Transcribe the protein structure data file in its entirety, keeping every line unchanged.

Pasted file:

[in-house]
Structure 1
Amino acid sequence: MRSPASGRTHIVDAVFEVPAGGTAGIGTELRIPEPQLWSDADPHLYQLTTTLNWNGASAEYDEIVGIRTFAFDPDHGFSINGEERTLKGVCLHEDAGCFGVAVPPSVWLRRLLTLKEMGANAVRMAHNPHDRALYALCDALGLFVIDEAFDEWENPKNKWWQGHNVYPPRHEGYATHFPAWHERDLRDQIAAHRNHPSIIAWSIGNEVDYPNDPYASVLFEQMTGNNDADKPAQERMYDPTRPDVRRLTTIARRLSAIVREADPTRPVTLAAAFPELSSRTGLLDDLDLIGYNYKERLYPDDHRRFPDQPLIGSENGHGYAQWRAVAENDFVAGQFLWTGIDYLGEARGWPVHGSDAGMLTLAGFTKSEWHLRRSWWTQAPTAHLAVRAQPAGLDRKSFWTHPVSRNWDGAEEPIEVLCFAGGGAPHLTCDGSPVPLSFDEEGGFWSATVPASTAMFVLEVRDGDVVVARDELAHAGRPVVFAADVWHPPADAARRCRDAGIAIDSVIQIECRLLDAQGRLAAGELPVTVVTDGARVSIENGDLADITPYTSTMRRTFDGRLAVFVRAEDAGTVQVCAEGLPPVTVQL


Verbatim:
[in-house]
Structure 1
Amino acid sequence: MRSPASGRTHIVDAVFEVPAGGTAGIGTELRIPEPQLWSDADPHLYQLTTTLNWNGASAEYDEIVGIRTFAFDPDHGFSINGEERTLKGVCLHEDAGCFGVAVPPSVWLRRLLTLKEMGANAVRMAHNPHDRALYALCDALGLFVIDEAFDEWENPKNKWWQGHNVYPPRHEGYATHFPAWHERDLRDQIAAHRNHPSIIAWSIGNEVDYPNDPYASVLFEQMTGNNDADKPAQERMYDPTRPDVRRLTTIARRLSAIVREADPTRPVTLAAAFPELSSRTGLLDDLDLIGYNYKERLYPDDHRRFPDQPLIGSENGHGYAQWRAVAENDFVAGQFLWTGIDYLGEARGWPVHGSDAGMLTLAGFTKSEWHLRRSWWTQAPTAHLAVRAQPAGLDRKSFWTHPVSRNWDGAEEPIEVLCFAGGGAPHLTCDGSPVPLSFDEEGGFWSATVPASTAMFVLEVRDGDVVVARDELAHAGRPVVFAADVWHPPADAARRCRDAGIAIDSVIQIECRLLDAQGRLAAGELPVTVVTDGARVSIENGDLADITPYTSTMRRTFDGRLAVFVRAEDAGTVQVCAEGLPPVTVQL